A Novel I Really Loved: Adam Johnson’s ‘Parasites Like Us’

2014 09 21 parasites

At the airport on my way to a recent beach getaway I picked up a copy of Adam Johnson‘s “Parasites Like Us.”

It is a remarkably good novel.

Though the book was published ten years ago, I hadn’t heard of it. (Johnson’s 2012 novel, “The Orphan Master’s Son,” won the Pulitzer Prize for fiction. “Parasites Like Us” is his debut novel.)

It tells the story of an eccentric anthropology professor, his similarly wacky students, and an apocalyptic scenario. (Previous post about apocalypic scenarios is here.)

But the book’s mostly about relationships, love, the passage of time, and what, if anything, we can learn from those who inhabited the earth 10,000 years ago, at the dawn of civilization.

The writing is evocative. The characters are vivid. And it’s extremely funny. I found the passages describing the landscape — the story takes place in South Dakota — especially moving.

For more, here’s the New York Times‘s review. Some reviews I’ve read are critical of certain elements of the book. But I loved it.

There’s No E-Book Version of Nicholas Negroponte’s ‘Being Digital’?

Being digital no ebook

More later on this topic, perhaps, but I wanted to post this for now.

Is there truly no e-book version of Nicholas Negroponte’s 1995 book Being Digital?

What’s wrong with this picture?

The text I’ve circled in the image above is Amazon’s standard “Tell the Publisher! I’d like to read this book on Kindle.”*

Is this situation ironic? (It would seem so. It depends on your perspective on technology and traditional media, I suppose.)

Is it telling? (Perhaps.)

*My initial searching reveals there isn’t an e-book version available elsewhere, via any other retailers.

Off Topic: An Excellent Book about Nutrition

2012 08 10 why calories count

I’m read several books, over the years, about food and nutrition. I’ve tackled Gary Taubes’s popular books “Good Calories, Bad Calories” and “Why We Get Fat,” as well as “In Defense of Food”, the hit book by Michael Pollan.

I’ve also done some reading on “paleo nutrition,” which is popular in Crossfit circles.

Perhaps the most compelling nutrition book I’ve read so far, though, is one I recently completed called “Why Calories Count: From Science to Politics.”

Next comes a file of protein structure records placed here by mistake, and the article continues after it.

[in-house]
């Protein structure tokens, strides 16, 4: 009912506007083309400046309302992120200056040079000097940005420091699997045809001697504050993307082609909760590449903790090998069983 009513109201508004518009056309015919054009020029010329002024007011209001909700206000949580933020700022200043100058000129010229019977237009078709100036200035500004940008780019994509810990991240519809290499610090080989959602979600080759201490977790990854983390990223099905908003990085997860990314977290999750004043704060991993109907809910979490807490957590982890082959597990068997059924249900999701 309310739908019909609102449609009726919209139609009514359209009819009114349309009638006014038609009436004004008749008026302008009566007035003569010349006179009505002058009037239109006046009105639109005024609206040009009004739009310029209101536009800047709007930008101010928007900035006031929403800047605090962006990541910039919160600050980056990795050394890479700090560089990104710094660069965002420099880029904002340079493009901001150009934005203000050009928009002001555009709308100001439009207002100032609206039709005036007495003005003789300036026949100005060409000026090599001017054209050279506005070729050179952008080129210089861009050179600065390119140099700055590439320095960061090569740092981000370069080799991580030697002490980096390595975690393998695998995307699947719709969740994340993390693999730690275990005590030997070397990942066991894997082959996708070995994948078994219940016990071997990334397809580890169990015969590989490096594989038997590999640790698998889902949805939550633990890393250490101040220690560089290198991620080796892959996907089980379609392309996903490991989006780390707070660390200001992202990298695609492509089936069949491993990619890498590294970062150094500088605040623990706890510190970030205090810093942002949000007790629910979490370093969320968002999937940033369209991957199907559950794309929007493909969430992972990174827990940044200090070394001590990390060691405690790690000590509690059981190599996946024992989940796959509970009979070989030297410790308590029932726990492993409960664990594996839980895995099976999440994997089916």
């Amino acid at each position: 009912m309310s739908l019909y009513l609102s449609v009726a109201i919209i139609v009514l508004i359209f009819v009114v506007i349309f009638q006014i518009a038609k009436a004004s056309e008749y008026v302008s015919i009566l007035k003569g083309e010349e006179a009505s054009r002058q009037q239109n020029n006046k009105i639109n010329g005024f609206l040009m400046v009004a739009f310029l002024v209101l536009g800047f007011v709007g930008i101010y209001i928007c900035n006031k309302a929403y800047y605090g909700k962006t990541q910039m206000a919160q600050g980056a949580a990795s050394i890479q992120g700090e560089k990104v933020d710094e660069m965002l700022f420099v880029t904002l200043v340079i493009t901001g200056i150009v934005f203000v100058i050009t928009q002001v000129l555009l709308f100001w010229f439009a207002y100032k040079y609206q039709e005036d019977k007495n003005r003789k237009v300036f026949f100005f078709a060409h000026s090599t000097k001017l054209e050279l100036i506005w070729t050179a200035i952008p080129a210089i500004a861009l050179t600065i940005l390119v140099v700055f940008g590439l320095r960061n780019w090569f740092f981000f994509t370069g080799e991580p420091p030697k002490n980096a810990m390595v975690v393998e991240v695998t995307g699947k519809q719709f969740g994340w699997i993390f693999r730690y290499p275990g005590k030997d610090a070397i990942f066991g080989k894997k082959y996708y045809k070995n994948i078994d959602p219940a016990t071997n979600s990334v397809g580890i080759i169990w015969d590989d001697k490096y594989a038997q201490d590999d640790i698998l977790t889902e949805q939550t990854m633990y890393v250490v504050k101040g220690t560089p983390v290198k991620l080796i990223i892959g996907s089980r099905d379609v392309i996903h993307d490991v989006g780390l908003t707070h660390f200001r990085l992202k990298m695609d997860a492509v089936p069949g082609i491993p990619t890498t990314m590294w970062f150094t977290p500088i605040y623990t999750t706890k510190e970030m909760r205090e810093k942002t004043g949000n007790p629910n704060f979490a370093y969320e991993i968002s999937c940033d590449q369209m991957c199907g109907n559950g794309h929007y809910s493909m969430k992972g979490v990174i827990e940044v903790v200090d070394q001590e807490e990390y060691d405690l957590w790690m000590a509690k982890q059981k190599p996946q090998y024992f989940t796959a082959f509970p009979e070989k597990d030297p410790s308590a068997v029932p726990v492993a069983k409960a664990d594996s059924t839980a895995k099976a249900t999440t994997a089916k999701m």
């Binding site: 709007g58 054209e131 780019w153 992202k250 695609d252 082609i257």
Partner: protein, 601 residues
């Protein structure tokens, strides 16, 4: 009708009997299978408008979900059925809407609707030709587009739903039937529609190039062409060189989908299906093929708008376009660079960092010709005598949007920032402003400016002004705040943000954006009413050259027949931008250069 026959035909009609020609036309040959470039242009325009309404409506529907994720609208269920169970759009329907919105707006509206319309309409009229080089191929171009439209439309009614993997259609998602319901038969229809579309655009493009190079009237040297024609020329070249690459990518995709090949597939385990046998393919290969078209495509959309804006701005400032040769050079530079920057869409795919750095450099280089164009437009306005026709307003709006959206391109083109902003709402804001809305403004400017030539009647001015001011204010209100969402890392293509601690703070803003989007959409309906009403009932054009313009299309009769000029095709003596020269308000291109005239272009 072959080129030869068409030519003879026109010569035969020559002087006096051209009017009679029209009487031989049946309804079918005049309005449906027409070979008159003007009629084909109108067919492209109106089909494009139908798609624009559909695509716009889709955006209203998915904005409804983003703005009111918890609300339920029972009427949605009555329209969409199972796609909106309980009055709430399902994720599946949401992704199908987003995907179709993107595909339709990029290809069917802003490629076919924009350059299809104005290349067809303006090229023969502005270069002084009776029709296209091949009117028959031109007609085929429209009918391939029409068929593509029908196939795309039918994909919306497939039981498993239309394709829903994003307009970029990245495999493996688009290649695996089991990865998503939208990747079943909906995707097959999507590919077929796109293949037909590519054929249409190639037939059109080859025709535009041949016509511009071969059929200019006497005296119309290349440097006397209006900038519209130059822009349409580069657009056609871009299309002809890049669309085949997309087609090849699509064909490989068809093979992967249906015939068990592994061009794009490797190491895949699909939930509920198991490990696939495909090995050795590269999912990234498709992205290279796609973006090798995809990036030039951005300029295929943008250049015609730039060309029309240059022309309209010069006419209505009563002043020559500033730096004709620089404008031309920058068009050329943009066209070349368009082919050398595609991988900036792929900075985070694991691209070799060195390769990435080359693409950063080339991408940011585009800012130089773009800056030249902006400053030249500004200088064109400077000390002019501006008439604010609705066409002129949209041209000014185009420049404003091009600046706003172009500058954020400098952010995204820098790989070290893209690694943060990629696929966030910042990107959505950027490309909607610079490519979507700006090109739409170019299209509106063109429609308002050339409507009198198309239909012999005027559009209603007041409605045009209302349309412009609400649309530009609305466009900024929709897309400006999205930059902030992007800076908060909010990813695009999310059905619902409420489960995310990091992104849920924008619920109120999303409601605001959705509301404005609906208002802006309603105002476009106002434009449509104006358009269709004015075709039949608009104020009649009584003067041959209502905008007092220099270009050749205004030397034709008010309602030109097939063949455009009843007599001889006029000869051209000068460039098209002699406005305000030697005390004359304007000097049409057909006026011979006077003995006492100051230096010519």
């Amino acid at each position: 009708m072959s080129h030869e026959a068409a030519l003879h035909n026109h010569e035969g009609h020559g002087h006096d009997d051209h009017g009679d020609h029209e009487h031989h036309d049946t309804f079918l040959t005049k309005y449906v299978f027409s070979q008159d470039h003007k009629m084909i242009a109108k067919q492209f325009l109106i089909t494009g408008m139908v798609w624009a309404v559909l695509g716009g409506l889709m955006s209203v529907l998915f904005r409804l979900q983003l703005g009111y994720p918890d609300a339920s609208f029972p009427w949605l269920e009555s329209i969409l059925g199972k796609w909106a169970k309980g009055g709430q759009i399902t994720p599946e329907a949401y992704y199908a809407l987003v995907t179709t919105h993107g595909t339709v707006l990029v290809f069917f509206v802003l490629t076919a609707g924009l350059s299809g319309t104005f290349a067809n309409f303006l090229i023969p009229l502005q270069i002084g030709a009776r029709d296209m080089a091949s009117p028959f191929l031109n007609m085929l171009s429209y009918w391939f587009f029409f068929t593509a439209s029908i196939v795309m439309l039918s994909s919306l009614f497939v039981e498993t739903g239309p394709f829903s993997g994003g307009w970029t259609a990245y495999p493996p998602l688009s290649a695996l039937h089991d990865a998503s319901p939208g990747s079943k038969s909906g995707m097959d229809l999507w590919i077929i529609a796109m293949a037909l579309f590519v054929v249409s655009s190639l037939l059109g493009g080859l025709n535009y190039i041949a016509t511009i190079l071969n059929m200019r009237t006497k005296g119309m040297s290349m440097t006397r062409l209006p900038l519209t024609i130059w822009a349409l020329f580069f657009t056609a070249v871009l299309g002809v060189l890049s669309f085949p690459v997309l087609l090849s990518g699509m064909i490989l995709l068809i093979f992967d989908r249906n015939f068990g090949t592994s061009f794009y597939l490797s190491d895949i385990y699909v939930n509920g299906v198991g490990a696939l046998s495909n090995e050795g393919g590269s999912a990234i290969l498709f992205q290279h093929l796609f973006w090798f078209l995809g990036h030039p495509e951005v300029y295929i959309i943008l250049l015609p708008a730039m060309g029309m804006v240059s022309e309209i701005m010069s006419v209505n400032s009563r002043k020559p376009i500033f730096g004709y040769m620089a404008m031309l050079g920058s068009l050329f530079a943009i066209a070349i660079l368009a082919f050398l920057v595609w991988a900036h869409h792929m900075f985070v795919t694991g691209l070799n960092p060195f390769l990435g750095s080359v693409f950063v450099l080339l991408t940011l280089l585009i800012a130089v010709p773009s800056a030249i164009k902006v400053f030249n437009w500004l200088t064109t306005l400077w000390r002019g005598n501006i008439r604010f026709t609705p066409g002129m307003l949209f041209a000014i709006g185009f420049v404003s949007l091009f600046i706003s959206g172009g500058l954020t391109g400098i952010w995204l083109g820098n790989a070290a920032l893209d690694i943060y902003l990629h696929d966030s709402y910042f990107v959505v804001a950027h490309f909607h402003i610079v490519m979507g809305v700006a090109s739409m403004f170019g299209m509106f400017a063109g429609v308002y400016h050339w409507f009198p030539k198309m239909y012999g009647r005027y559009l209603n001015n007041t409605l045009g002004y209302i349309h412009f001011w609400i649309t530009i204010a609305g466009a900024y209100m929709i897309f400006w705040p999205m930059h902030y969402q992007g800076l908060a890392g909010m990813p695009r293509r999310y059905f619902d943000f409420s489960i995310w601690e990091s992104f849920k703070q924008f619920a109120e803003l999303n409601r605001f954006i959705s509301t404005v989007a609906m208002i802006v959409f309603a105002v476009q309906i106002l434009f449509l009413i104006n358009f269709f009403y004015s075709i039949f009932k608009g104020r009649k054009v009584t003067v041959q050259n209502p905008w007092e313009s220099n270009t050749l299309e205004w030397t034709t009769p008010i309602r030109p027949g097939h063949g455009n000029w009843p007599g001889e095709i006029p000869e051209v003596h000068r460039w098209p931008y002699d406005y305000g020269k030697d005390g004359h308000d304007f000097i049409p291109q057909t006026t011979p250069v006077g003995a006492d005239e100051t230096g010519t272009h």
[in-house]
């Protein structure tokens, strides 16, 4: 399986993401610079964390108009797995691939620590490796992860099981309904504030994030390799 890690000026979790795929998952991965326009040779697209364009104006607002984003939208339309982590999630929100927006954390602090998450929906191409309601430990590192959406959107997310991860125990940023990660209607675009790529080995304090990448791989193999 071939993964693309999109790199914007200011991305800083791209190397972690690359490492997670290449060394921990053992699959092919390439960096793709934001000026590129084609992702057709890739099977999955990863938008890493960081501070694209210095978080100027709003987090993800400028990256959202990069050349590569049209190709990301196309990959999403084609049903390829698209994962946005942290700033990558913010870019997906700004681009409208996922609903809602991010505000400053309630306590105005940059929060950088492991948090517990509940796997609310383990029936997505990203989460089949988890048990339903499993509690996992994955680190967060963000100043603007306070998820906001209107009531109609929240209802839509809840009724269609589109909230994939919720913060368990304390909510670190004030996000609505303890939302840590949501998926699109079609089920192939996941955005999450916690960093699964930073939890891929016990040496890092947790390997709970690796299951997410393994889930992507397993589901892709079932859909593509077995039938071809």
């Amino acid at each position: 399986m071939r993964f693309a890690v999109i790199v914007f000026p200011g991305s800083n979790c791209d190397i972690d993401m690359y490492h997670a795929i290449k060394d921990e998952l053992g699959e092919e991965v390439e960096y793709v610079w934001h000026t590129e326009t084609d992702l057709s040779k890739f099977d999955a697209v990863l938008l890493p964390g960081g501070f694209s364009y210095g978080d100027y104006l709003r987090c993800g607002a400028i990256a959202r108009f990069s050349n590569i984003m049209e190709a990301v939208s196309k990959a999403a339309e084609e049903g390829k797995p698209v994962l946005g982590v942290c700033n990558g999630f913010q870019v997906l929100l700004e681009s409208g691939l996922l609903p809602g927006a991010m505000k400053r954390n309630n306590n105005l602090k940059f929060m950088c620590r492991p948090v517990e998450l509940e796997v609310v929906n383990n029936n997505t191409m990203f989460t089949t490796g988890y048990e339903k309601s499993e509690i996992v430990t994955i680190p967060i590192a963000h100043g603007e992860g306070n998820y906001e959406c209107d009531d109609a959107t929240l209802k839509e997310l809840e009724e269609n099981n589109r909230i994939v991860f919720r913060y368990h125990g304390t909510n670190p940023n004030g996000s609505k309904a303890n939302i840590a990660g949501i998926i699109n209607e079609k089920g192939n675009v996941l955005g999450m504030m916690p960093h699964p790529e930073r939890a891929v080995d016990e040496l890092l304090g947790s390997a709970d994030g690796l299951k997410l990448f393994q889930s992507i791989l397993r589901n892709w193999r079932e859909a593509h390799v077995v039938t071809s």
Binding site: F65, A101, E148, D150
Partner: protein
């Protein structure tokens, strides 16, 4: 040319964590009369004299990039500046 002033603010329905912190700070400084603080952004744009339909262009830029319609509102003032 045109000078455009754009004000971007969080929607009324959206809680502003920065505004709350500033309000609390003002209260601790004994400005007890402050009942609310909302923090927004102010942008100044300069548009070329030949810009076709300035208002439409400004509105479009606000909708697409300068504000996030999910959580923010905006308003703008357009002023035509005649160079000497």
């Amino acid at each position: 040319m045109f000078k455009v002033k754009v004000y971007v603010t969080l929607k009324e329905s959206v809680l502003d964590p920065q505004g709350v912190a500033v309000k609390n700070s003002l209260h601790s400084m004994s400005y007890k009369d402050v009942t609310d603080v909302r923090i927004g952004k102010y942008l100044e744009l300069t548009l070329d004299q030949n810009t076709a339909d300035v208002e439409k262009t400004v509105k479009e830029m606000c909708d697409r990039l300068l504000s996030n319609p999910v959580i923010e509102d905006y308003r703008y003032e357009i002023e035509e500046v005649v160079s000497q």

Written by the nutrition scholars Marion Nestle and Malden Nesheim, the book is — as you would expect — rooted in science and references hard data. And that approach appeals to me.

The book focuses on topics like the scientific history of our understanding of calories; how our bodies use calories; how calories are measured; how our metabolism works; what happens when we consume too few and too many calories; and — perhaps most interesting — the modern food environment and public policies surrounding food.

Here are some of the points that stood out for me:

  1. The authors say that when it comes to gaining or losing weight, the quantity of what you eat is generally more important than the macronutrients in your food. As the title says, calories do count. So while diets that restrict carbohydrates — the kind of diet that seems to be especially popular now (see this earlier post) — work well for some people, science dictates that when you restrict calories, you lose weight. Generally, it doesn’t matter if you cut back on carbs, fat, or protein — it’s the overall calories that have been shown to matter. (Of course, long-term strategies for weight maintenance are a different story.)
  2. The human body has a tremendous capacity to deal with severely restricted calories, but we are horrible at dealing with calories in great excess. Once you’re obese, your metabolism actually fights to keep you overweight.
  3. Our physical surroundings matter: The authors talk about the U.S.’s “eat-more” environment, with its prevalent advertisements for calorically dense food. This seems to contribute to overeating, especially among children.
  4. Body weight is thought to be about 60 to 70 percent genetically determined.
  5. Many people over-emphasize the importance of exercise in weight loss. The best way to lose weight, or to maintain a healthy weight, is not to overeat. Yes, exercise is important because it keeps our bodies functioning optimally, and it provides psychological benefits. But to maintain your weight, just as we’ve heard through the years, its best to consume fruits, vegetables, whole grains, lean proteins, etc. Yes: this is common sense.
  6. Interestingly, one reason, the authors say, that weight loss strategies in the U.S. so often focus heavily on exercise — think about the workout scenes in “The Biggest Loser” — is that exercise doesn’t threaten the food industry or policymakers. If you tell people to eat less, then the question becomes: Eat less of what? And that raises problems for, say, companies that derive their revenues from packaged food products. (As the saying goes, you can only squeeze so much profit out of broccoli.)

7 Books

2012 04 27 books
Some books and long-form works I’ve downloaded, bought in physical form, am reading, or have recently finished:

  1. The Ball is Round: A Global History of Soccer, by David Goldblatt
  2. Inferno: The World at War, 1939-1945, by Max Hastings
  3. The Checklist Manifesto: How to Get Things Right, by Atul Gawande
  4. The Great Stagnation: How America Ate All the Low-Hanging Fruit of Modern History, Got Sick, and Will(Eventually) Feel Better, by Tyler Cowen
  5. The Wizard of Lies: Bernie Madoff and the Death of Trust, by Diana B. Henriques
  6. Soccer Men: Profiles of the Rogues, Geniuses, and Neurotics Who Dominate the World’s Most Popular Sport, by Simon Kuper
  7. The Power of Habit: Why We Do What We Do in Life and Business, by Charles Duhigg

(Cartoon via.)